Volume 14 Supplement 1
Occupational noise exposure in manufacturing industries in Malaysia
© Tahir et al; licensee BioMed Central Ltd. 2014
Published: 29 January 2014
Manufacturing sector accounts for 18.1% of the total employed persons in Malaysia, which is known for the utilisation of noisy machinery to establish output. Even though it is compulsory for employers to notify any hearing loss cases to the authority annually, there is still scarcity of occupational hearing loss cases. Therefore, this study aimed to estimate the total number of workers exposed to occupational noise among workers in manufacturing industries in Malaysia.
Materials and methods
A field survey was carried out at 26 selected industries in five states Johor, Selangor, Pulau Pinang, Terengganu and Pahang that recorded highest noise induced hearing loss (NIHL) cases in 2011. Safety and Health Practitioners in each industry were interviewed and elicited information on the industrial classification, occupational noise management and level of exposure to workers. Noise exposures were categorised from noise exposure monitoring report. The percentage of high risk workers in each class was derived to estimate the number of exposed workers based on the Economic Census.
Levels of occupational noise exposure among industries were 28% for 91-140 dBA and 72% for 86-90 dBA; which classified that all workforces were at high risk. Occupational noise-exposed workers were observed to be highest in the metal industry (2091) followed by textile (631) and food (439). The percentage of workers exposed ranged from 13.6% to as high as 68.9% in each industry. In addition 103,673 (39%) from total employment of 267,964 were estimated to be workers exposed to high risk noise. Although, employers provide awareness programme and hearing protection device but none of the industries implemented attenuation of it. A few industries showed inconsistency in annual audiometric test.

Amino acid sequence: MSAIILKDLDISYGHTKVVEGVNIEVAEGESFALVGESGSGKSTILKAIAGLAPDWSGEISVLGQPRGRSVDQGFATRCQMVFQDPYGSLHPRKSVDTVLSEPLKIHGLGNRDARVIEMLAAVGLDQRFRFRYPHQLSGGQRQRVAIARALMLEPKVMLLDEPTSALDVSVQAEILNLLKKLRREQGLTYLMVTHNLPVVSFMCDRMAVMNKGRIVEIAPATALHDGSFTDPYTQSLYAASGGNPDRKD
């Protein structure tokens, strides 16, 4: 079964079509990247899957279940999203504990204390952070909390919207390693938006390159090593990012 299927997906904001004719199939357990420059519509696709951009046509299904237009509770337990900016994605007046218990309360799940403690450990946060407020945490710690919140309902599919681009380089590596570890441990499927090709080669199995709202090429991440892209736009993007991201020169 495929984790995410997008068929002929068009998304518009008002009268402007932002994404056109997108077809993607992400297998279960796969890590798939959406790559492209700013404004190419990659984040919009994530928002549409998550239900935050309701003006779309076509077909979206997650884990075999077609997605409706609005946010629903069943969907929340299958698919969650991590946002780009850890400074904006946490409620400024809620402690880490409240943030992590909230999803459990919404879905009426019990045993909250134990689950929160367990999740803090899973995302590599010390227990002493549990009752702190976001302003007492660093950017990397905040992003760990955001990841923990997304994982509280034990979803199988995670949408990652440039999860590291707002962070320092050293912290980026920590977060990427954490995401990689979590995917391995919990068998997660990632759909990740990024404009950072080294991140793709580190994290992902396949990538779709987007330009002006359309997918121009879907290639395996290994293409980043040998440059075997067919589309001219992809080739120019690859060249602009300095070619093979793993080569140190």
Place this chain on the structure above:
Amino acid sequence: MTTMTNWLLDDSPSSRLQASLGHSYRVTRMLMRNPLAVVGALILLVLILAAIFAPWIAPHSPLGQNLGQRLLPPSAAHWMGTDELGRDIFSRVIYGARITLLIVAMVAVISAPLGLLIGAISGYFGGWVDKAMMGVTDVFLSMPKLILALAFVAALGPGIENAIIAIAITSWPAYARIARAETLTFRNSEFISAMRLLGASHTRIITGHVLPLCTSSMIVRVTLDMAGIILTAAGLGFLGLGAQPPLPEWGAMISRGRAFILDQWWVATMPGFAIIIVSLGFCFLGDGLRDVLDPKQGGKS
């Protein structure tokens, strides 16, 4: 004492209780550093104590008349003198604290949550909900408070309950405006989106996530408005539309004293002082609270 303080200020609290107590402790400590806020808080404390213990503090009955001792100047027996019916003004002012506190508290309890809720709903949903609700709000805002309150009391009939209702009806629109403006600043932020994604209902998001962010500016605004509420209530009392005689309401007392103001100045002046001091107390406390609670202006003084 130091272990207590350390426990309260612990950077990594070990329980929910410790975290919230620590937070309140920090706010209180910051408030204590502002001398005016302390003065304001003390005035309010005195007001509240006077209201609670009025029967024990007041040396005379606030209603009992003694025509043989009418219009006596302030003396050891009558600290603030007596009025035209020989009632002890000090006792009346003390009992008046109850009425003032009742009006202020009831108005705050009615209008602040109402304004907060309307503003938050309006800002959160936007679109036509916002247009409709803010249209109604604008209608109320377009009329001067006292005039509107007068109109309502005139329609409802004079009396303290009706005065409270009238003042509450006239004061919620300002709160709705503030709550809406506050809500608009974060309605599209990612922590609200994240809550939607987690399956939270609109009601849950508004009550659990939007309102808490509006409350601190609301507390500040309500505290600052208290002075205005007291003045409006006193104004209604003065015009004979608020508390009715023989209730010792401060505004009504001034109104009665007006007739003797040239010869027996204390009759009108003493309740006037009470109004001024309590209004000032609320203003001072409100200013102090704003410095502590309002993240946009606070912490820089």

This study indicates that the majority of workforce in manufacturing industry was exposed to high risk occupational noise and effective hearing conservation programme needs to be implemented for preventive measure.
This article is published under license to BioMed Central Ltd. This is an Open Access article distributed under the terms of the Creative Commons Attribution License (http://creativecommons.org/licenses/by/2.0), which permits unrestricted use, distribution, and reproduction in any medium, provided the original work is properly cited. The Creative Commons Public Domain Dedication waiver (http://creativecommons.org/publicdomain/zero/1.0/) applies to the data made available in this article, unless otherwise stated.